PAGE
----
As one progresses from being a top-notch individual contributor to a team leader, the priorities need to change. The approach towards work needs to evolve from Doing to Leading. The new leader must not be perceived as an individual contributor with the leader’s title alone. Initially, a new leader could even double up by doing the extra work, but eventually time and resources catch on, so one needs to learn how to delegate. Instead of being involved at every stage, one’s presence must merely be essential to getting the work done. Four strategies have been identified to cope with this transition more smoothly. Firstly, a transparent discussion must be had with team members on what’s at stake and explain the reasons why the particular piece of work is important. Inspiring the commitment of subordinates is a key aspect of talent management, so special focus must be made on honing this skill. Employee engagement must be to the right degree. Too less of it, why might seem remote, too much may imply a sense of micromanagement. Just as the really good investors know when to refuse, a successful manager must practice the art of saying “yes”, “no” and “yes, if”. By being selective, one assumes the role of the catalyst.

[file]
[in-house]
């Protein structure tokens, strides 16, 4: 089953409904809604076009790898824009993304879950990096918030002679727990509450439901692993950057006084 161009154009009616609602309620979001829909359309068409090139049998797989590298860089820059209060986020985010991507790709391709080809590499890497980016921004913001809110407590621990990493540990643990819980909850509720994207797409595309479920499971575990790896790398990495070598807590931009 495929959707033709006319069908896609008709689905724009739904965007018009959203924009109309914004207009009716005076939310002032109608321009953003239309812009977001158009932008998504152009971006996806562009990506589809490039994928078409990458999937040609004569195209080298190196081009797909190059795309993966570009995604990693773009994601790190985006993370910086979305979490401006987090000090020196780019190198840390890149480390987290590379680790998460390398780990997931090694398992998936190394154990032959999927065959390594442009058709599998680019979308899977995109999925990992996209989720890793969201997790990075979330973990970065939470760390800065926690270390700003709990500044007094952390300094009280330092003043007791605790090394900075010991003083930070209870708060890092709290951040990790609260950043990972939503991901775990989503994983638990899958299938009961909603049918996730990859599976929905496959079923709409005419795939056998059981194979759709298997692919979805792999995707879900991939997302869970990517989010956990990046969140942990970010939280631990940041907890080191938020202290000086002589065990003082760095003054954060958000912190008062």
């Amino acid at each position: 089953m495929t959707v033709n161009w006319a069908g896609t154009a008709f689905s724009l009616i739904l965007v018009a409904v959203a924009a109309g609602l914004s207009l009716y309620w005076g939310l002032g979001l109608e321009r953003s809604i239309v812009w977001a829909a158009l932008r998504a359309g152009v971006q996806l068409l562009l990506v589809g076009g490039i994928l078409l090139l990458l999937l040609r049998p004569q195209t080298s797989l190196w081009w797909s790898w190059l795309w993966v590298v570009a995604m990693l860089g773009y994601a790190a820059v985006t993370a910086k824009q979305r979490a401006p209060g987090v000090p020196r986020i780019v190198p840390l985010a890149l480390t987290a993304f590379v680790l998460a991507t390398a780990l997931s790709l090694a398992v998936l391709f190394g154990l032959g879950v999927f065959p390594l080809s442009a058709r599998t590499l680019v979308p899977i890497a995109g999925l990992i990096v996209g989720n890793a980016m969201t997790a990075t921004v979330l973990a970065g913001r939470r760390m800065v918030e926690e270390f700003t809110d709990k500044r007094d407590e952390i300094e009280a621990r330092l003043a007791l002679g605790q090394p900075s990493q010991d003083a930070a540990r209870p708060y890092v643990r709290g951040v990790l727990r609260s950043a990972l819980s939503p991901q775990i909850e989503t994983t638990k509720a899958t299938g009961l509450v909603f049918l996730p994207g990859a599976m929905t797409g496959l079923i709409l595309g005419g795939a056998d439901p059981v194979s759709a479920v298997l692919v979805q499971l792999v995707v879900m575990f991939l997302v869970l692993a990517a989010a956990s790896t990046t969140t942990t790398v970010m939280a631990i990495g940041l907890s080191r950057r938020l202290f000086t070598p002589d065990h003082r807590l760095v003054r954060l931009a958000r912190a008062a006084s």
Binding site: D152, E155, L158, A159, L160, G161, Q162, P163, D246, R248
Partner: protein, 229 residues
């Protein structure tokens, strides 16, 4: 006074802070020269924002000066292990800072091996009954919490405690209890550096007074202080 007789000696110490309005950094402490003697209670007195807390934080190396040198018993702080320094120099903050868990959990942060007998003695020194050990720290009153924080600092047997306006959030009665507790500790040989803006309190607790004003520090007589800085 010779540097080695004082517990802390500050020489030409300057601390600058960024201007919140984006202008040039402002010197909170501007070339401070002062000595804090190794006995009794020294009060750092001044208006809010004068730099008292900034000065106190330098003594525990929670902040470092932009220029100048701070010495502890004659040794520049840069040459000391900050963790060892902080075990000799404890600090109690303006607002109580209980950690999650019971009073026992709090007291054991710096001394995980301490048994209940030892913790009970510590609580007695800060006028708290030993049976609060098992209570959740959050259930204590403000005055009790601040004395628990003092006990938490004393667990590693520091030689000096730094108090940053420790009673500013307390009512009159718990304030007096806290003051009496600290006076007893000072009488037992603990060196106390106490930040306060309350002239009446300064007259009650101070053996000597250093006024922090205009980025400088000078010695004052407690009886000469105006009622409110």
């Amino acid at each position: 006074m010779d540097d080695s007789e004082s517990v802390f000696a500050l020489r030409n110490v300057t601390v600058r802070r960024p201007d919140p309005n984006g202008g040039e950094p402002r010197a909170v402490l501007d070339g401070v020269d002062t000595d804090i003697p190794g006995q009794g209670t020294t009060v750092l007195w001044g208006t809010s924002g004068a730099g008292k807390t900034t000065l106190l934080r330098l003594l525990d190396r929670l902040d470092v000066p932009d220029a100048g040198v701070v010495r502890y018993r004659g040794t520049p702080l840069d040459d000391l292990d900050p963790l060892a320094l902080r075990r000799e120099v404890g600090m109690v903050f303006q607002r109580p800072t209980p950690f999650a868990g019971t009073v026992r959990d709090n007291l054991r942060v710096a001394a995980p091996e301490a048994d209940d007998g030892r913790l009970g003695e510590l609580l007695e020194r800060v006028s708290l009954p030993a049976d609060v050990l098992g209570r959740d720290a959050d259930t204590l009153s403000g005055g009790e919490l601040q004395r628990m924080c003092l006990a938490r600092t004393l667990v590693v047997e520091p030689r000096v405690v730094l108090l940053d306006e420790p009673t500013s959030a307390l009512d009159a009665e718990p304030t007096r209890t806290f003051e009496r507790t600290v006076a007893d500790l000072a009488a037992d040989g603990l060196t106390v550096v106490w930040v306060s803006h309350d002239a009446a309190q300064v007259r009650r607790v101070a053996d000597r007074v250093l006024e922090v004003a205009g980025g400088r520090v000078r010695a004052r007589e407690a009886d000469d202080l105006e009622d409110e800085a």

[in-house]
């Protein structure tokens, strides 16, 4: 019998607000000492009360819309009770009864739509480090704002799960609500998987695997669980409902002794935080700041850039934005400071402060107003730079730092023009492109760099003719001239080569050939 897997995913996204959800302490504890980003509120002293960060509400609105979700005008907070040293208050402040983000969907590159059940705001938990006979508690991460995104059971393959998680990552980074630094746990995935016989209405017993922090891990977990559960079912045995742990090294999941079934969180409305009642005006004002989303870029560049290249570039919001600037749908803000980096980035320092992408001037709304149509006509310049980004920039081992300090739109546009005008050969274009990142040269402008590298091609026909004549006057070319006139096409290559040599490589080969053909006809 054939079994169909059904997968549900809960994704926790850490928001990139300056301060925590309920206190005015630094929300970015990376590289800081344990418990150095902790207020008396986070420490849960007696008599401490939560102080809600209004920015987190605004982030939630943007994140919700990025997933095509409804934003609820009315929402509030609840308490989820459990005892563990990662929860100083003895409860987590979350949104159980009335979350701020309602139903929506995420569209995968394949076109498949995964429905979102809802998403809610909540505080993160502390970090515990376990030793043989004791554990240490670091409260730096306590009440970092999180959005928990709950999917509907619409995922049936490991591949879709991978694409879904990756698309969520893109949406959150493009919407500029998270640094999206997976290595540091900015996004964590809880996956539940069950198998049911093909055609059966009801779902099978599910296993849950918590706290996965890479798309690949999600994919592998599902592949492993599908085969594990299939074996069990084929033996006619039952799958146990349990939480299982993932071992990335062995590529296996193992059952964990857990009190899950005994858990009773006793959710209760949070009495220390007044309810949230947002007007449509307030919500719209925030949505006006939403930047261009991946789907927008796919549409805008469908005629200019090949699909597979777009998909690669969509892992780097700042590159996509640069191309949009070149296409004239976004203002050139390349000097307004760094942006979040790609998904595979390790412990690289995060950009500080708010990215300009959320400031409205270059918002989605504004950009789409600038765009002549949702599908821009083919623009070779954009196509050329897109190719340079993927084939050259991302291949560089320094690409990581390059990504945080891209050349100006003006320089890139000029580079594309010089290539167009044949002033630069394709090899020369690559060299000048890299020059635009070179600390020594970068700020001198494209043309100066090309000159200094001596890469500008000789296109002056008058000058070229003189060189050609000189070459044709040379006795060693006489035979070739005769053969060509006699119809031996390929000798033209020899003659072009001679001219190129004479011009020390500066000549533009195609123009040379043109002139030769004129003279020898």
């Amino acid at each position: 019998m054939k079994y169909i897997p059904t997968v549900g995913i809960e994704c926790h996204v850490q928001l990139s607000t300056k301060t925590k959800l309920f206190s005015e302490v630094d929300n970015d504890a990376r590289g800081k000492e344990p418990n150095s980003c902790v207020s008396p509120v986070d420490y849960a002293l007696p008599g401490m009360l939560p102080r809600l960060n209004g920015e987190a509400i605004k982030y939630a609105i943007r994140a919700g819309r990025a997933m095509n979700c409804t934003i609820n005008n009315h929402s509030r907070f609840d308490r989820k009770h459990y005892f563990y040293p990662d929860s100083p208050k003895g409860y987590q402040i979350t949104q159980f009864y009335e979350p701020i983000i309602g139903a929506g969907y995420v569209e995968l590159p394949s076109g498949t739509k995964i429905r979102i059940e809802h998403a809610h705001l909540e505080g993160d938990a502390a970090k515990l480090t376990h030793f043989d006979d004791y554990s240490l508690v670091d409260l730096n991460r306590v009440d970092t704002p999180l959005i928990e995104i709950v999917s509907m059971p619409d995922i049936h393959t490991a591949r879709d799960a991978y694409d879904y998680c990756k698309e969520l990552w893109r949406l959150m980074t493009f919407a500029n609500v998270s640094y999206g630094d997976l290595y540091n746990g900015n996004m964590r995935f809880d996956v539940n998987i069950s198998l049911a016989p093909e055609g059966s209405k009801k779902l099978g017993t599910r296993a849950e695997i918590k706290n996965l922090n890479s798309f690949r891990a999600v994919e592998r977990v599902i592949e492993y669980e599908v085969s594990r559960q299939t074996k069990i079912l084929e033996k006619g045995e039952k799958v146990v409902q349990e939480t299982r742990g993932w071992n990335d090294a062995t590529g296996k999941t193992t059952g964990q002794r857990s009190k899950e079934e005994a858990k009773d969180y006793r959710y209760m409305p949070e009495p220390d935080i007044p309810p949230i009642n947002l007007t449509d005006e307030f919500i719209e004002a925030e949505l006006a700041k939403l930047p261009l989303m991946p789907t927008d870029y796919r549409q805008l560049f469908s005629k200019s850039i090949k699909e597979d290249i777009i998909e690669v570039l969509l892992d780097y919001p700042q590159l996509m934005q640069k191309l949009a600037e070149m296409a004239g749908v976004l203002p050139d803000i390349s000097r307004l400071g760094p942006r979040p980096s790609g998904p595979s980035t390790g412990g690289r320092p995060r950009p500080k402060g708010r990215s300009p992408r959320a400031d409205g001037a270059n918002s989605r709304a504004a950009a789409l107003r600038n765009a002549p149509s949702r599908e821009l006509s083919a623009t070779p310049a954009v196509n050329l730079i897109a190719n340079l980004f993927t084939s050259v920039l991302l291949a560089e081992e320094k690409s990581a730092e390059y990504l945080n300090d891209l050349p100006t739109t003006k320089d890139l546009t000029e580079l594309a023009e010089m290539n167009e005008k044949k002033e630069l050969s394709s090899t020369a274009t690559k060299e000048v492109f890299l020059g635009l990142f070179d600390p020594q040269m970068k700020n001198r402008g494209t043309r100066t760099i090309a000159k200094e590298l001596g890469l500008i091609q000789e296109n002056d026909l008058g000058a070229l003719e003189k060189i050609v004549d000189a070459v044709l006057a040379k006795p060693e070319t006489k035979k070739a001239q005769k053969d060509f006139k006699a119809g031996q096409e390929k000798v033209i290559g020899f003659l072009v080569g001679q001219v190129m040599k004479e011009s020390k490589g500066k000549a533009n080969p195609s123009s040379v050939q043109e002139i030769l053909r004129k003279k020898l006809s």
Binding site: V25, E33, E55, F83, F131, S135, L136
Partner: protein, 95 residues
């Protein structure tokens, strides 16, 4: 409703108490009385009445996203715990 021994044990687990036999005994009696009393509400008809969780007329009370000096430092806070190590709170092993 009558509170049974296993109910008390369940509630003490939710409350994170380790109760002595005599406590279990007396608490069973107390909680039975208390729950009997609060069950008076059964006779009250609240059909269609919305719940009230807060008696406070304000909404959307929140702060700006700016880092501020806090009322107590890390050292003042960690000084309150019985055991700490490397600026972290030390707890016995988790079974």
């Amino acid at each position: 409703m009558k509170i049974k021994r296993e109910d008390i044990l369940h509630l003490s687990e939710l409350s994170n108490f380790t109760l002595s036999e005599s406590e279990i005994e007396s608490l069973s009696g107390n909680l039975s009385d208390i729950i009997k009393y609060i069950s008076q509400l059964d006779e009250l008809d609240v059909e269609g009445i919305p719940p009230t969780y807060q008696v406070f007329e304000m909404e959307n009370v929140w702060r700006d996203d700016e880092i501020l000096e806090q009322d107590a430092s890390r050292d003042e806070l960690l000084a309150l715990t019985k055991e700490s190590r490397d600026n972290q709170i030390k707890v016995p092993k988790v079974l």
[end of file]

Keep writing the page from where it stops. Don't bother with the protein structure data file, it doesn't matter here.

Uploaded Date:21 October 2017

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